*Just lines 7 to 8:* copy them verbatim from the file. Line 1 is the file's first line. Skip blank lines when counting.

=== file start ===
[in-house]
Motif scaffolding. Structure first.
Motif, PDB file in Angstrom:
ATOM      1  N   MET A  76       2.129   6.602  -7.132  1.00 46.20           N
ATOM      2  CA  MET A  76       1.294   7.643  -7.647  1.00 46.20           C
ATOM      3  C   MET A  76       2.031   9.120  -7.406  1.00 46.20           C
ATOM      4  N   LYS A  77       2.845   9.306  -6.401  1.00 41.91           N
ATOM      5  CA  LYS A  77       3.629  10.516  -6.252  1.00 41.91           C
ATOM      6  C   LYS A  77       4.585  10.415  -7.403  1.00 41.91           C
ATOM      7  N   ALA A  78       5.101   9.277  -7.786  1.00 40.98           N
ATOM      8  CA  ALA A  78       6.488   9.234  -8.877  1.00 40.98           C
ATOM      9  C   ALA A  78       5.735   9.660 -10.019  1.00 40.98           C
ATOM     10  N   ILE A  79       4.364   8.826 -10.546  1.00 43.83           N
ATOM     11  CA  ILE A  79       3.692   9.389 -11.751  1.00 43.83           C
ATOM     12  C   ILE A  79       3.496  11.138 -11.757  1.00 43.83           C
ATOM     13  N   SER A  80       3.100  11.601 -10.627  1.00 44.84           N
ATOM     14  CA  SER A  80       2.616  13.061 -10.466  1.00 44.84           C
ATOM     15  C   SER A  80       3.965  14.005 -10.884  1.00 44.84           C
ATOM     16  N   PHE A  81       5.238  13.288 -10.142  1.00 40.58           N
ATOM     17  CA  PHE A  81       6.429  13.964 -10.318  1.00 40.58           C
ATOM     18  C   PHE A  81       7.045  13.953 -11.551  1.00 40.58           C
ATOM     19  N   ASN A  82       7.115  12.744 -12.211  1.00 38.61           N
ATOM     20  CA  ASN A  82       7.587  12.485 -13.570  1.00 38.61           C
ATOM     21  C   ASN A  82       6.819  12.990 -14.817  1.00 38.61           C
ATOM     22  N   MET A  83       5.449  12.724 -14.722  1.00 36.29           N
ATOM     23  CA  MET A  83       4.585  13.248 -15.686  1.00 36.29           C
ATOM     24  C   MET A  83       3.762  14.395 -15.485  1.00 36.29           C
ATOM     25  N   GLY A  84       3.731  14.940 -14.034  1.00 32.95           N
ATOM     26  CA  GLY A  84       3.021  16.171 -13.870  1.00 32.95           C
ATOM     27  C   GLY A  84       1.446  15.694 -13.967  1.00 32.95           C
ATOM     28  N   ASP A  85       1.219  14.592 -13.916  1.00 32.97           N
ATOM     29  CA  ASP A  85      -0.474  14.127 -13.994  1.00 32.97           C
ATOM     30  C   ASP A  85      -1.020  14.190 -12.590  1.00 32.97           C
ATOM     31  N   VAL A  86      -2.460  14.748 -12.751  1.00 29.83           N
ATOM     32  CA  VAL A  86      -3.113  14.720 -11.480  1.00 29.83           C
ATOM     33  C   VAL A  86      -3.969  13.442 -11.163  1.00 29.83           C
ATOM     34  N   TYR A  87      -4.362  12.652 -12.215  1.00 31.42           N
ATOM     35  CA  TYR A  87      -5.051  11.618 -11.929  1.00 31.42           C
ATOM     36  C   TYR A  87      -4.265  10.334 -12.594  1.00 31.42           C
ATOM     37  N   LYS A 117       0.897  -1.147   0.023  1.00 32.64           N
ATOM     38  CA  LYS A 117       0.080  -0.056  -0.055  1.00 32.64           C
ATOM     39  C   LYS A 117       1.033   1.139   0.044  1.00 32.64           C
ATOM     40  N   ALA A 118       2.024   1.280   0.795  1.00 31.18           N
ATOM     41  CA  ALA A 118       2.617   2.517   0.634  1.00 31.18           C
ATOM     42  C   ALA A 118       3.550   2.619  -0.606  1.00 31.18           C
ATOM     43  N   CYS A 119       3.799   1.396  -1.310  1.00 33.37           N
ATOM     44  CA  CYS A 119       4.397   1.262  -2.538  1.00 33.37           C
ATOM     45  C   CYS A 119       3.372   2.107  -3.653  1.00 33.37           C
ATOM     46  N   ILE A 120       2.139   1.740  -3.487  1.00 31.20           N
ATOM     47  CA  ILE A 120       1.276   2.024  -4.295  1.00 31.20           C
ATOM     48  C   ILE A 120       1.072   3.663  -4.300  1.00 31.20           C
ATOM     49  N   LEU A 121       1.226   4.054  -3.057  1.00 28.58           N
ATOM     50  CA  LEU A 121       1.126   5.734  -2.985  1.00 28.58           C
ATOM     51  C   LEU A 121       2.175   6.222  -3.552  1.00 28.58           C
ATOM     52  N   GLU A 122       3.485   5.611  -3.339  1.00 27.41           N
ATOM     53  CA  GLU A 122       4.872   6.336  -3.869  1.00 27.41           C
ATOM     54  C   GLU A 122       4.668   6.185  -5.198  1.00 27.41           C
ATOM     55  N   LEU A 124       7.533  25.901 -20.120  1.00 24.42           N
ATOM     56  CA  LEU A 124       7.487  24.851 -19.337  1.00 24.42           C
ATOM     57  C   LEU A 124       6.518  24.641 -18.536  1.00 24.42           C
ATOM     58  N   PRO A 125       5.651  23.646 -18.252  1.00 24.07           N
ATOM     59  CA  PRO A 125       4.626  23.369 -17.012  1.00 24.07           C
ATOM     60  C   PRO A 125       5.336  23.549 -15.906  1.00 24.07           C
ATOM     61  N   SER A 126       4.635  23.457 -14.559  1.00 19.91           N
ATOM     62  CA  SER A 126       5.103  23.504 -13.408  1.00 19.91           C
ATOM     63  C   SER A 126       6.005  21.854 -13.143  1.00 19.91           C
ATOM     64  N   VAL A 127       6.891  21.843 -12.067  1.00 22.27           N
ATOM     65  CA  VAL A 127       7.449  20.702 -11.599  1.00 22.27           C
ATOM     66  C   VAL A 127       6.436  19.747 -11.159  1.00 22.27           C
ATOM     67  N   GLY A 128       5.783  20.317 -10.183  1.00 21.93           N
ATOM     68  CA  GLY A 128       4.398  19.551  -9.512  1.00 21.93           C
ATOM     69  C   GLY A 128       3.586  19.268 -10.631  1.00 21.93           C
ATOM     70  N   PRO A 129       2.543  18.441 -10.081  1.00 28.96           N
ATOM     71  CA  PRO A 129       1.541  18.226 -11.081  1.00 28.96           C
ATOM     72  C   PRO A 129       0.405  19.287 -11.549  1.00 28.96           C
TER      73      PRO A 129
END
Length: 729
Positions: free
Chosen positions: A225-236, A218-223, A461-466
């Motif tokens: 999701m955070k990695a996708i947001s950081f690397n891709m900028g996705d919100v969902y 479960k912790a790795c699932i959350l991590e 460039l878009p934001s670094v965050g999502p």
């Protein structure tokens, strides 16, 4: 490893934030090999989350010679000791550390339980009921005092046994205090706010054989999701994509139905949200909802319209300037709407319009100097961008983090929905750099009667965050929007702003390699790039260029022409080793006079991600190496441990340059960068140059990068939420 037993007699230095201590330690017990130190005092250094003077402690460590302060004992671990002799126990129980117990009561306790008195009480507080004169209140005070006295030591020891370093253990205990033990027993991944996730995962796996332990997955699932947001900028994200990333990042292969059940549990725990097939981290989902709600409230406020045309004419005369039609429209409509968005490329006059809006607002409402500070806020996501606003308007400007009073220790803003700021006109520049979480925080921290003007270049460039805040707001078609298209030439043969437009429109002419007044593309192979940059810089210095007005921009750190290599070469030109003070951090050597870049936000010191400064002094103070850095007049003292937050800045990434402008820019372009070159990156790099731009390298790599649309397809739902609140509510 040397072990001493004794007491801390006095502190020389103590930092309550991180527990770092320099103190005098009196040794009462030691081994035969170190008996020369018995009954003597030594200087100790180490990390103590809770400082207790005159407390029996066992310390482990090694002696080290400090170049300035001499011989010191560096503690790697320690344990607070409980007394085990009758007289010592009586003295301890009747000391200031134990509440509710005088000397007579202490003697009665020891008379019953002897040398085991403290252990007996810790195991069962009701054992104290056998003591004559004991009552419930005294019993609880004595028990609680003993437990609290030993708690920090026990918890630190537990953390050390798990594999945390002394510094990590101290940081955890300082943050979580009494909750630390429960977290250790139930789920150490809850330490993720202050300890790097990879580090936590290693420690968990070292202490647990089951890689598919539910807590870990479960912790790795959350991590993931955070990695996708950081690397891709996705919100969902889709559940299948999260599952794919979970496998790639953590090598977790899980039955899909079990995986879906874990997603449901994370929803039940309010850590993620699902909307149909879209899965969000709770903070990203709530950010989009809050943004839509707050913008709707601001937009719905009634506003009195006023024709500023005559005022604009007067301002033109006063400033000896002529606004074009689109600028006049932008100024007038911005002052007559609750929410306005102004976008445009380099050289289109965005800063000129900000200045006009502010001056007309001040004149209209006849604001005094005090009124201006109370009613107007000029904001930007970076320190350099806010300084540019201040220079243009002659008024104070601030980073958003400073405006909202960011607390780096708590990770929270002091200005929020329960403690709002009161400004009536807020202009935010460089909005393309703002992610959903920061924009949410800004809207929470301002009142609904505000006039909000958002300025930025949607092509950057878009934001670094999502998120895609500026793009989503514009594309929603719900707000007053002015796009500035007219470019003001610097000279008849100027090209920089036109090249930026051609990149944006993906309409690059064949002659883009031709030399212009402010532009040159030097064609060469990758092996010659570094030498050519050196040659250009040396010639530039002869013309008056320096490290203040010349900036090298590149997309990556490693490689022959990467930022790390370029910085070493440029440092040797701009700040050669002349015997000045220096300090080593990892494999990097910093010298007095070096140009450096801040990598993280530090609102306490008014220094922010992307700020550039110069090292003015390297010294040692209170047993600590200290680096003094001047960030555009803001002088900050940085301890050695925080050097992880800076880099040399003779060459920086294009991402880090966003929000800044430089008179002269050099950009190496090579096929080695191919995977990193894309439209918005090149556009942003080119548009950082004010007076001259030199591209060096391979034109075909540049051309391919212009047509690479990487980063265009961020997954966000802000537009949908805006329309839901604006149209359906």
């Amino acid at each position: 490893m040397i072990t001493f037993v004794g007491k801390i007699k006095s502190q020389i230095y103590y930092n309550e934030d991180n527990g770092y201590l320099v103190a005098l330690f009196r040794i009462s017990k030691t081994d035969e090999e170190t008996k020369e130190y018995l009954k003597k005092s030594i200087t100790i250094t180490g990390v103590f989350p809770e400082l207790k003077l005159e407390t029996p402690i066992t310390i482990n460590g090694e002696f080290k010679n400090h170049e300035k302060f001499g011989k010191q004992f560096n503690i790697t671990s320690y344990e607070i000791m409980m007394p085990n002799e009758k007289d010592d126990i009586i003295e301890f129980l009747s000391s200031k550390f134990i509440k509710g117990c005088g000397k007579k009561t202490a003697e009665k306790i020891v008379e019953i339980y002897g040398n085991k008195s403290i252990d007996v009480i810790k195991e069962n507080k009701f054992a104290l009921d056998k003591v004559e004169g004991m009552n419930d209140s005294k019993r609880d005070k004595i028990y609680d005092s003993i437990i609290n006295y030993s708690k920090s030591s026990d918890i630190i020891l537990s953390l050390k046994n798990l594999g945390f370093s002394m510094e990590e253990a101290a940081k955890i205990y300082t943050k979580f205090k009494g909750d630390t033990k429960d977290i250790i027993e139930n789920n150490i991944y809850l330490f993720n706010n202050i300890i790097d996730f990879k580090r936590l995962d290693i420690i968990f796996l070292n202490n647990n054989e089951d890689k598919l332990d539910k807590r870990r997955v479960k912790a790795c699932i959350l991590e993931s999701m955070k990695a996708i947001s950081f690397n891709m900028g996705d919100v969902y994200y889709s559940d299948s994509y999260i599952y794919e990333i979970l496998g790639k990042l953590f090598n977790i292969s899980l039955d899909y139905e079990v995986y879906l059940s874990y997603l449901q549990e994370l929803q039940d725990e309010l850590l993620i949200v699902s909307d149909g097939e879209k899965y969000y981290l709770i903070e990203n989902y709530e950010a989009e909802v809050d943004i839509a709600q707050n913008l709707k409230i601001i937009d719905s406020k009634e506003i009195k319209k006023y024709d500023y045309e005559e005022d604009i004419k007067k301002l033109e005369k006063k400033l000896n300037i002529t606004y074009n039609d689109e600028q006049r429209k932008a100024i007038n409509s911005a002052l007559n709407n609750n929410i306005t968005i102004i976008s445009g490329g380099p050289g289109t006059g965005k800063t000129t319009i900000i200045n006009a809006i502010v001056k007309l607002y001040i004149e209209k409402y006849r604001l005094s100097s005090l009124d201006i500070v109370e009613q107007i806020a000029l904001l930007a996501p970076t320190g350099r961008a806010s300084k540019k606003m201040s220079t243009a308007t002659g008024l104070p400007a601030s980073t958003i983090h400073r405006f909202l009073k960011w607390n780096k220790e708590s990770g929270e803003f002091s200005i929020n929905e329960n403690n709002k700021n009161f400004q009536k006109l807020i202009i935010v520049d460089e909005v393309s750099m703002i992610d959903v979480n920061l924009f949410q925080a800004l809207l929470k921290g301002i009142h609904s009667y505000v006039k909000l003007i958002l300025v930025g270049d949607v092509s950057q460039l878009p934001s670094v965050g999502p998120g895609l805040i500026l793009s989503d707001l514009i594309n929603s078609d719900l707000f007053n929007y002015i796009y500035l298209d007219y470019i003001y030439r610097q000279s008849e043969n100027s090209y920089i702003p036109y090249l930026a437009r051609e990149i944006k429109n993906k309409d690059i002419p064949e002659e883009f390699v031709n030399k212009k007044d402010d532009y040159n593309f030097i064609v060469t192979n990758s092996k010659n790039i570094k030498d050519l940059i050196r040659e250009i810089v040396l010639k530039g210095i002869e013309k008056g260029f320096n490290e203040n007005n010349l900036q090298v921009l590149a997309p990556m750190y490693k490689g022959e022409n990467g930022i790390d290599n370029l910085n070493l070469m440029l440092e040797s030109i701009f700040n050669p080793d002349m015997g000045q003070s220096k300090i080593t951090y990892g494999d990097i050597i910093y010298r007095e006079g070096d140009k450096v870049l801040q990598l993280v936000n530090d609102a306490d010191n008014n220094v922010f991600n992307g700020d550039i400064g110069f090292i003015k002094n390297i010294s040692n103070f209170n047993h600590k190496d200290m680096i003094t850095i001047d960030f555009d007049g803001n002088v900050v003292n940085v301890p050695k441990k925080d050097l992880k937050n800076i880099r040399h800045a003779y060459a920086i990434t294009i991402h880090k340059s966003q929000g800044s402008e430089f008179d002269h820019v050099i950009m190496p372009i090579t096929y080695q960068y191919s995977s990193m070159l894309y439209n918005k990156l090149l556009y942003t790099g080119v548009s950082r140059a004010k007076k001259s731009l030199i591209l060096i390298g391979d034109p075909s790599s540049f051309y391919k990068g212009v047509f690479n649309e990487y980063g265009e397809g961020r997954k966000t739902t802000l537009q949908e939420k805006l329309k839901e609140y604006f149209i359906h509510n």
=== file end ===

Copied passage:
ATOM      4  N   LYS A  77       2.845   9.306  -6.401  1.00 41.91           N
ATOM      5  CA  LYS A  77       3.629  10.516  -6.252  1.00 41.91           C